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An emergency hammer is a small tool commonly kept in cars, trains, and buses to help passengers escape in case of an accident. The hammers are designed to be compact enough to stow in a glove box or underneath a seat but strong enough to break through glass. Some emergency hammers also come with small razors or scissors attached to cut through tangled seat belts.
The main goal of an emergency hammer, also sometimes called a rescue hammer, is to provide passengers trapped in auto or rail accidents with a means of escape. If a train derails and the doors will no longer open, for instance, passengers with access to an emergency hammer can break through windows in order to escape. Similarly, a driver who is trapped in a mangled car can use an emergency hammer to break through the side window and get out of danger.
Medics and emergency care providers usually recommend that injured people remain in their vehicles in case of an accident, but this is not always practicable. Passengers trapped in a bus that has caught fire, or a driver whose car is sinking into the water may not have any time to wait. The emergency hammer safety device is intended for use in situations like these.
In many places, local laws require a certain number of emergency hammers to be on board any vehicle used for public transportation. This can include trains, subways, buses, and even taxis, depending on the jurisdiction. The presence of emergency hammers, much like the ready availability of fire extinguishers, is generally understood to be a common-sense transport safety precaution.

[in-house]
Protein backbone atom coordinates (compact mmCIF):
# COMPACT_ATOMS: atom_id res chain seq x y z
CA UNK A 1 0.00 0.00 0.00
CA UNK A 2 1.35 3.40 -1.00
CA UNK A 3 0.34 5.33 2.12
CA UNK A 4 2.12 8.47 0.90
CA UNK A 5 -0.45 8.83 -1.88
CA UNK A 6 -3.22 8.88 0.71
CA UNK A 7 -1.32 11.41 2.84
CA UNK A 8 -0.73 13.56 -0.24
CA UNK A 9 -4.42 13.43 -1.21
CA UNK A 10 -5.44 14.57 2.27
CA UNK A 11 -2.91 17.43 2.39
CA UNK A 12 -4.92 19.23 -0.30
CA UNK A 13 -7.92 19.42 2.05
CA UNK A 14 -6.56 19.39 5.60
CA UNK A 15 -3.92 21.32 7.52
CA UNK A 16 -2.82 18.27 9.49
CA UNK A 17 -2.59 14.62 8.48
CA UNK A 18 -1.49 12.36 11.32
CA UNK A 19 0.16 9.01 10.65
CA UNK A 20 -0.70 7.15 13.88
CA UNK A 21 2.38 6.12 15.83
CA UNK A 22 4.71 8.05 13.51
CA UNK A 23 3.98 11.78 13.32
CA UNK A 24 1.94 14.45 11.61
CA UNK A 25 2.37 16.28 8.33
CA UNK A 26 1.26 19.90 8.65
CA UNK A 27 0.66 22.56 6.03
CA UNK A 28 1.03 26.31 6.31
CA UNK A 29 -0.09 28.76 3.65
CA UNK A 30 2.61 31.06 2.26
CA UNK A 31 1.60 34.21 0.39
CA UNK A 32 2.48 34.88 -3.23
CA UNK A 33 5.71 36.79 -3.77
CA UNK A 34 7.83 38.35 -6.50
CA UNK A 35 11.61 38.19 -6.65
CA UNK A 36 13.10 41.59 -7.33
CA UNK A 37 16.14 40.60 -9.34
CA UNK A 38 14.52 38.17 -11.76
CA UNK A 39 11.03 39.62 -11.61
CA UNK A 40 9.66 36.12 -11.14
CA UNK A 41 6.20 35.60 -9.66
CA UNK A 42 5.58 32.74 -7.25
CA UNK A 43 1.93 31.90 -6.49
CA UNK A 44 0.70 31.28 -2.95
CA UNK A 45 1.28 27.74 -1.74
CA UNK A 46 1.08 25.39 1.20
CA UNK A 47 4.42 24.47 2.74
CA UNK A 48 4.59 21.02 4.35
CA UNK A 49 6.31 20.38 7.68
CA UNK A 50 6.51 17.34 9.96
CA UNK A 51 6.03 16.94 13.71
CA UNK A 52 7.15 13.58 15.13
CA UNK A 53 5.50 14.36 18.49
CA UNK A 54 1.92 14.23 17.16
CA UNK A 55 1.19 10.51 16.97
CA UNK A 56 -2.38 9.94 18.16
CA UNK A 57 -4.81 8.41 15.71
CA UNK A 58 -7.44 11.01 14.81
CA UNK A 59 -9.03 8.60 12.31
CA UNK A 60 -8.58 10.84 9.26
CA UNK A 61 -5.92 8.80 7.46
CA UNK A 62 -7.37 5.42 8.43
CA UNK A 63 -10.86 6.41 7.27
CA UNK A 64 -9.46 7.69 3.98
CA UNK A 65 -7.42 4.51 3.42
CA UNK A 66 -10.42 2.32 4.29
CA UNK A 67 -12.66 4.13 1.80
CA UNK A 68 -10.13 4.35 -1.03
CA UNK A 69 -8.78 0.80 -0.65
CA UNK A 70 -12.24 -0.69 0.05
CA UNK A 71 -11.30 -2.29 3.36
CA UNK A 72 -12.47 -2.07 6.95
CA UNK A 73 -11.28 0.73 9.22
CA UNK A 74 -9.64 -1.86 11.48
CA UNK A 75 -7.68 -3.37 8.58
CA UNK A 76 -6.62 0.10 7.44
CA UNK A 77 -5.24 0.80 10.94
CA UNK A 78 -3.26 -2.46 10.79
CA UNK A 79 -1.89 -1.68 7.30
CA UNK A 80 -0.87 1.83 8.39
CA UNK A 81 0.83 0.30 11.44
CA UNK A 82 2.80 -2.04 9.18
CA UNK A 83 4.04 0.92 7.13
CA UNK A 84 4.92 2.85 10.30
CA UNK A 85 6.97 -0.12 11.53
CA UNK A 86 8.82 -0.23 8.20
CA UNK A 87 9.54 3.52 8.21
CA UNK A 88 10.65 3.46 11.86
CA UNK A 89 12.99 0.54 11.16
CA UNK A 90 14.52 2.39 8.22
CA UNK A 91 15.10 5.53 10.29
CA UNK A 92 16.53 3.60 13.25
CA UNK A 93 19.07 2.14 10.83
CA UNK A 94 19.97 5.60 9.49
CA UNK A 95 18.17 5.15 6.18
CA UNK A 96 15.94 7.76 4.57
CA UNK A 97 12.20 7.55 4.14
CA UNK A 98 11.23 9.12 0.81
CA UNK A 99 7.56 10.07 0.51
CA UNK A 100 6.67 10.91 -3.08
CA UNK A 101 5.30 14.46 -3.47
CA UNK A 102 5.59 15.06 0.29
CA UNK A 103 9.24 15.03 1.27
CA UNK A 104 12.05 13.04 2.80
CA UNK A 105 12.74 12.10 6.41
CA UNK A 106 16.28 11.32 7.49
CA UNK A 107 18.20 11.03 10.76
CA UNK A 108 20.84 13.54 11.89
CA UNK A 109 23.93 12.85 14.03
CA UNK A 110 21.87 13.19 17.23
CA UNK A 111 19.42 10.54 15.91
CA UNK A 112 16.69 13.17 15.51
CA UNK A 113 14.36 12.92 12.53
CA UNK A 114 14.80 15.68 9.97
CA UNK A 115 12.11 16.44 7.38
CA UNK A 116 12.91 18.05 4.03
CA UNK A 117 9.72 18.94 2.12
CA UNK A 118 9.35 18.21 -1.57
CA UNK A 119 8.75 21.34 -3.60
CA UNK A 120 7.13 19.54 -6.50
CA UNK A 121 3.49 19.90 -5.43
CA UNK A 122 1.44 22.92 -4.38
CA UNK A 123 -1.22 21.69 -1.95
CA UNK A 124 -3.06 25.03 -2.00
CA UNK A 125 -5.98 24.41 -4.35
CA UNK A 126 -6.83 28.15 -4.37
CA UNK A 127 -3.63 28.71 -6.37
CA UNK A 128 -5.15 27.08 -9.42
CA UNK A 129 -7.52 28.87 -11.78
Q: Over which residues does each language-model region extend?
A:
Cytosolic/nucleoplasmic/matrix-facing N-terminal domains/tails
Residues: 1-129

Emergency hammers in public transportation settings are usually mounted in protective cases, and are marked with signs and placards for easy identification in a crisis. The hammers are designed to break through glass, but they are not usually sharp. In many respects, this is to deter abuse from unruly passengers, and to prevent the hammers from being used as assault weapons. Tampering with a public transportation emergency hammer is usually punishable by law. Sometimes, even opening the hammer’s case will trigger an alarm to alert the driver or conductor.
A hammer designed for use in a personal vehicle often has more features. It is common for these kinds of hammers to include razor blades for cutting through seat belts, and sometimes even wrenches capable of prying apart tough metal doors. Most personal emergency hammers are designed to fit unobtrusively within a car’s glove compartment, or else tuck underneath the driver or passenger’s seat.